Swedish cities and towns may ban old diesel cars

IRL/GB

Swedish cities and towns may ban old diesel cars

Sweden’s cities and towns will soon be allowed by the Swedish Government to ban old diesel engines from town centres.

This move by the Swedes in a long line of similar moves across the world is being implemented in an effort to improve the environment and combat air pollution.

The centre-left Social Democrat-Green coalition Swedish government didn’t actually impose the new rules itself, but has left the decision up to local authorities to decide if they will ban diesels from their towns and cities.

The change will start in 2020, when cities and municipalities will be allowed to create environmental zones regulating the cars in the zones.

Diesel cars meeting the emission standards of Euro 5 and Euro 6 will be permitted in the zones, but from July 1st 2022 only Euro 6 diesel cars will be allowed.

Cars running on petrol will be allowed in the zones if they meet the Euro 5 emission standards.

The European Union’s emission standards, known as Euro 5 and Euro 6 came into force on September 1st 2009 and September 1st 2014, respectively, so the new Swedish rules will definitely affect cars older than that.

In Sweden around one third of diesel cars may be affected and In Stockholm alone around 50,000 car owners would be squeezed out, according to official estimates.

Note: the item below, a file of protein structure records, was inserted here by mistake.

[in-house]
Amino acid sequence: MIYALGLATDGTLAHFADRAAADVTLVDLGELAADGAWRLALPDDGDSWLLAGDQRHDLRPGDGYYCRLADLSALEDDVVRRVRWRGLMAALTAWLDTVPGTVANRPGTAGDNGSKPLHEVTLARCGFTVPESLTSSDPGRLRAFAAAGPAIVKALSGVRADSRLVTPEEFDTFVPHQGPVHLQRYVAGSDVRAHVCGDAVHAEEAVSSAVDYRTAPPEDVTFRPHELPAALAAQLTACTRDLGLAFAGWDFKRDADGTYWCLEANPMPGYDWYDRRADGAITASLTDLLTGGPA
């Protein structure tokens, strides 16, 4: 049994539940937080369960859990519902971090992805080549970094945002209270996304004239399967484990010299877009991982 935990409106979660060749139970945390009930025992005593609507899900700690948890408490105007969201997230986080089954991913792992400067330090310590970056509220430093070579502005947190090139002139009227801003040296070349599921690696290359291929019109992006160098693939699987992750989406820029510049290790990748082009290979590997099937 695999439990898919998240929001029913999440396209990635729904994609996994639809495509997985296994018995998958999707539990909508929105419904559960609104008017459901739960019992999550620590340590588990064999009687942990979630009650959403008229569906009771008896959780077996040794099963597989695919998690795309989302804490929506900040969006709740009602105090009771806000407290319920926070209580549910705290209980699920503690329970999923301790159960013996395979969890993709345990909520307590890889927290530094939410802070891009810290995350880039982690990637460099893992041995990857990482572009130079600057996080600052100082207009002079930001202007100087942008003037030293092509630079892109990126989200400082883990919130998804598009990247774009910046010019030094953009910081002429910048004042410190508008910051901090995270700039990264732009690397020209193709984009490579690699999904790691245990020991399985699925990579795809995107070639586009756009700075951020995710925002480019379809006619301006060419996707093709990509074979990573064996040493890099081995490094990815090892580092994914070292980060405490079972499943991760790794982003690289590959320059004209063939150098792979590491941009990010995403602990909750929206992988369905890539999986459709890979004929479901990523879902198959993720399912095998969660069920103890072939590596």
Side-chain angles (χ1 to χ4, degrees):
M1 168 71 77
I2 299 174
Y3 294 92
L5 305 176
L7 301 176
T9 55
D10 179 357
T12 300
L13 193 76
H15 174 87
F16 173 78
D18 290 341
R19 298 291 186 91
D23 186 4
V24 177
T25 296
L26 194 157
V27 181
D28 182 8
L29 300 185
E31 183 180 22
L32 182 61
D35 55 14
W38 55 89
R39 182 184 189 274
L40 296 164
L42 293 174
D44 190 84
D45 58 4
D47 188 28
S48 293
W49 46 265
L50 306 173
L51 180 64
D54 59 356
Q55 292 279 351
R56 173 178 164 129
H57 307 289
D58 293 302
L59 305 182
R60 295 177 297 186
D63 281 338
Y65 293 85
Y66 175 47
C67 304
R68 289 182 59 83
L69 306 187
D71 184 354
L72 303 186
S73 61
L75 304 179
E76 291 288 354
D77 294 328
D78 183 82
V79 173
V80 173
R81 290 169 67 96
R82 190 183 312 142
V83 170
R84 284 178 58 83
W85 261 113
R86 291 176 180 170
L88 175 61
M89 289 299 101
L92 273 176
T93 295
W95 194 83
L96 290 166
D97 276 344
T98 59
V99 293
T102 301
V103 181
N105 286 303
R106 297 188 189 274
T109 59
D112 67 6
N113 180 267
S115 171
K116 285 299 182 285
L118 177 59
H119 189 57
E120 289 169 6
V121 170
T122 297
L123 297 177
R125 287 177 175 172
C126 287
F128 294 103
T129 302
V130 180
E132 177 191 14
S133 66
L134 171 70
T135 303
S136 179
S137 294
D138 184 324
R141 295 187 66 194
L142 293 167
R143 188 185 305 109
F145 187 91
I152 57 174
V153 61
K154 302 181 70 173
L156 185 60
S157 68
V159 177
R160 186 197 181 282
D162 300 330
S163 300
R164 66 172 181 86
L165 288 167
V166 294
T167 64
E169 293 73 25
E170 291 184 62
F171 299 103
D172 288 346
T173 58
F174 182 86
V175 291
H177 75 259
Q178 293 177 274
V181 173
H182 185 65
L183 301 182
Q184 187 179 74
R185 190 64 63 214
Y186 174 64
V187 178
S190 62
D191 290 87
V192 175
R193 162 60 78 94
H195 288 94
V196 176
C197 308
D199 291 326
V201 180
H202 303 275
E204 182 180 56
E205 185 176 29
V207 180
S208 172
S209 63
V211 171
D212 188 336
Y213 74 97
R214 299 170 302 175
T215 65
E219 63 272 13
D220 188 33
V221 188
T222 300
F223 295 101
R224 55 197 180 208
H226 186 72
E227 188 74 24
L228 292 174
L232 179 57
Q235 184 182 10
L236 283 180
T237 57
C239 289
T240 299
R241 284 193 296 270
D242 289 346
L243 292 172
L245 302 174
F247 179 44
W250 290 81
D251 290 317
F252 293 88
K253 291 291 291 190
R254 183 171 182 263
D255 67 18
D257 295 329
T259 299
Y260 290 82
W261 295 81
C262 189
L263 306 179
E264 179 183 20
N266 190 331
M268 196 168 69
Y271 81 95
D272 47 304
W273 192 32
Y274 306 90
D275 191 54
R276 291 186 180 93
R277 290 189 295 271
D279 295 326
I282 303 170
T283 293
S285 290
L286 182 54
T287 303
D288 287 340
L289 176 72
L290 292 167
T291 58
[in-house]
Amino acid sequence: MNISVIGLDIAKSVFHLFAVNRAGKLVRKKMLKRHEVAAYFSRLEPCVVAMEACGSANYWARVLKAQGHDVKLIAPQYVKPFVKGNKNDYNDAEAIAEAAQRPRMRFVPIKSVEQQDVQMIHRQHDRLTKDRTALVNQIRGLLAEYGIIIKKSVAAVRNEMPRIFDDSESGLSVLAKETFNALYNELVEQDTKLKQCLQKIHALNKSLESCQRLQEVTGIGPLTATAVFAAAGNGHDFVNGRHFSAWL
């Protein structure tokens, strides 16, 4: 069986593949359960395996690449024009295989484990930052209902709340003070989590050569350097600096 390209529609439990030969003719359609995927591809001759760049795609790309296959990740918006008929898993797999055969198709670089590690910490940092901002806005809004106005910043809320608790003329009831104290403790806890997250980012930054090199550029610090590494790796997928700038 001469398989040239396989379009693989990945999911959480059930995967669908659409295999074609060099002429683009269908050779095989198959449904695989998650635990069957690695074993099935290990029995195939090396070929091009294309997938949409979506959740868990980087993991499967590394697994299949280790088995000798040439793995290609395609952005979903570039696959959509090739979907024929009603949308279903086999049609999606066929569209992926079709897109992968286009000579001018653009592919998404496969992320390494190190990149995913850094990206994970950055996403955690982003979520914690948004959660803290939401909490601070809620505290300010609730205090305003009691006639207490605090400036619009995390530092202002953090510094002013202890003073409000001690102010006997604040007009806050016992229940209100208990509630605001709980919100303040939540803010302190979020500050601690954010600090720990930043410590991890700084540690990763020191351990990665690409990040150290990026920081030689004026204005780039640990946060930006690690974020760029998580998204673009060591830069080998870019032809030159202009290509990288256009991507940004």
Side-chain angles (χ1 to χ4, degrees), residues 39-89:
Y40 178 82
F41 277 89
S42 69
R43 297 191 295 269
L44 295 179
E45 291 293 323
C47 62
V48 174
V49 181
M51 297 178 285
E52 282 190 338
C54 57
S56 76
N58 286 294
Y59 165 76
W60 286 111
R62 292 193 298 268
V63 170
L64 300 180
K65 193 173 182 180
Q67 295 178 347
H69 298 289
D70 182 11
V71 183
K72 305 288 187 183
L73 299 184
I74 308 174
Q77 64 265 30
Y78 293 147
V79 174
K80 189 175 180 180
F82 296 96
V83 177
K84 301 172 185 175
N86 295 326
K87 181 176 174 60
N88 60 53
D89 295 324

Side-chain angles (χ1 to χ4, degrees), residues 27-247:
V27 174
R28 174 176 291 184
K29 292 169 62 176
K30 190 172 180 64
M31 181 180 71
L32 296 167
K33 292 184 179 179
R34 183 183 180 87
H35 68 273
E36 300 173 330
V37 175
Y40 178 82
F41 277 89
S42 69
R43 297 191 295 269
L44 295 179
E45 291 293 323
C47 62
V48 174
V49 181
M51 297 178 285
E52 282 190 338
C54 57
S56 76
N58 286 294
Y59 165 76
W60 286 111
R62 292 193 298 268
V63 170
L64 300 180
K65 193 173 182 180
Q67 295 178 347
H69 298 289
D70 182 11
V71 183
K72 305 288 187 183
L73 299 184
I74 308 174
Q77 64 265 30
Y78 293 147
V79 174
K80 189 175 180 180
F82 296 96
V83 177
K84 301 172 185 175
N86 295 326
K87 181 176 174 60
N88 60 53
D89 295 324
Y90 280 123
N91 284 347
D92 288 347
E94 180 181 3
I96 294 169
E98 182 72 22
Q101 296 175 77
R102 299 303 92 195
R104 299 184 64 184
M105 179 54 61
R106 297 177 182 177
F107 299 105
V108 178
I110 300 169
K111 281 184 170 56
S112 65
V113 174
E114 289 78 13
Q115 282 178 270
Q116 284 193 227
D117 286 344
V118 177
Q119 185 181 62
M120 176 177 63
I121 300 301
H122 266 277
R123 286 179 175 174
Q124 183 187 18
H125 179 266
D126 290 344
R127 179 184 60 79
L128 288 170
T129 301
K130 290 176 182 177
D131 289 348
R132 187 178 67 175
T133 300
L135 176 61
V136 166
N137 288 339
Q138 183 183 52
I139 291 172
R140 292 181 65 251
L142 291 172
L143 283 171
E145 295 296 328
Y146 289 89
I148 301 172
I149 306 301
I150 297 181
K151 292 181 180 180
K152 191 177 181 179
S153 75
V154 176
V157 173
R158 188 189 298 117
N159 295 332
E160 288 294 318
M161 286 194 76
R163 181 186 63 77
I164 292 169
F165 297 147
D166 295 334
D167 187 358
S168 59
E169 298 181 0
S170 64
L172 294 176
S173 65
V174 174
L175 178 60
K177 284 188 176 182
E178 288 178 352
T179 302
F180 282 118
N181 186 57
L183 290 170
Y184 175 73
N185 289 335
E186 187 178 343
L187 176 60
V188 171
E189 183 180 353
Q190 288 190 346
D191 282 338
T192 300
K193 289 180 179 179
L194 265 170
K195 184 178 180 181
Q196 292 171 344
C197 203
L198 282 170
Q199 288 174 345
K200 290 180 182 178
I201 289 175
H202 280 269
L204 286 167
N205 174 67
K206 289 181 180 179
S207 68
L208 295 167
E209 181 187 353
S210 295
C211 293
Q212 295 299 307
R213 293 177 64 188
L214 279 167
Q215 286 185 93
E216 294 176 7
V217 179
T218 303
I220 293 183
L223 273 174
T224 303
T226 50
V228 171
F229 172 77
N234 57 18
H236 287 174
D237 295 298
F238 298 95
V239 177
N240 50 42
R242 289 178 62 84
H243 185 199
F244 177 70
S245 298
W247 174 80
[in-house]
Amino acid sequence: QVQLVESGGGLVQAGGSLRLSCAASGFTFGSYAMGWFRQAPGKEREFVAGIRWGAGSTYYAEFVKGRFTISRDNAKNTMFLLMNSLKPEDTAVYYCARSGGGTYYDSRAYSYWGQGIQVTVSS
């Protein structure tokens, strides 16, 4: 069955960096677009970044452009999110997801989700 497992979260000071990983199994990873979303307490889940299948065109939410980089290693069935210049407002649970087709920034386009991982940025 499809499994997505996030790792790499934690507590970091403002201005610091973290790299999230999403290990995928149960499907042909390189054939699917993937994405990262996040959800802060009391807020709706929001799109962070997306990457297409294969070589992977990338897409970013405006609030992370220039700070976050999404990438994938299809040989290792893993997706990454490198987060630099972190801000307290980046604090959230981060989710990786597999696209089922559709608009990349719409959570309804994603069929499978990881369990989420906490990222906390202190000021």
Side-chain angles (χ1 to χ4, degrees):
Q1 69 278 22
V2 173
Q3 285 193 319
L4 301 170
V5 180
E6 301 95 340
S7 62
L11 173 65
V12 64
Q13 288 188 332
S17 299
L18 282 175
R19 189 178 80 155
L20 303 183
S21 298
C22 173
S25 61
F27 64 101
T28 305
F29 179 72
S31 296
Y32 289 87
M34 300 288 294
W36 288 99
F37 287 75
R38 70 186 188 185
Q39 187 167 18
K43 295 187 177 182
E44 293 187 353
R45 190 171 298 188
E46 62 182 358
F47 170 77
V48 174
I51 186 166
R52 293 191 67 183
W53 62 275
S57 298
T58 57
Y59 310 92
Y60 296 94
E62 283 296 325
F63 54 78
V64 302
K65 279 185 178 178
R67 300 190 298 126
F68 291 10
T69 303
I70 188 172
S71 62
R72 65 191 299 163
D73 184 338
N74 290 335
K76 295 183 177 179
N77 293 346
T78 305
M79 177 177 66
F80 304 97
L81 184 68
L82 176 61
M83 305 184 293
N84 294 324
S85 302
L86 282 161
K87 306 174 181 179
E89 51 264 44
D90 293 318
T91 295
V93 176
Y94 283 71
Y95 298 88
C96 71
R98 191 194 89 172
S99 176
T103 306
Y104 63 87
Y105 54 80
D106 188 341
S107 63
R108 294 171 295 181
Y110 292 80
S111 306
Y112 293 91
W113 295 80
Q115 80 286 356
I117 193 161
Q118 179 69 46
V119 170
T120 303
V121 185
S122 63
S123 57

Councils will also be allowed to create a separate category of even more tightly regulated zones allowing access only to electric cars, fuel cell vehicles and cars running on Euro 6 natural gas.

Due to the fact that the government has not set hard and fast rules and has left environmental zones up to local authorities, there is a lot of differing opinion on the matter. For example, the ruling parties in Malmö are against it and in Gothenburg, even parties on the same side are split on the issue. One Malmö councillor, Andreas Schönström said: “Our air is so clean we don’t think we need it,”

In Stockholm, opinion on whether to go ahead with environmental zones as early as 2022 is divided, and even then is likely it would only affect certain streets, not the entire city centre.

In any case, Sweden is not the only country to propose such rules amid a raging debate about diesel engines. In Germany, a top court ruled last month that cities can impose diesel driving bans.

IRL/GB


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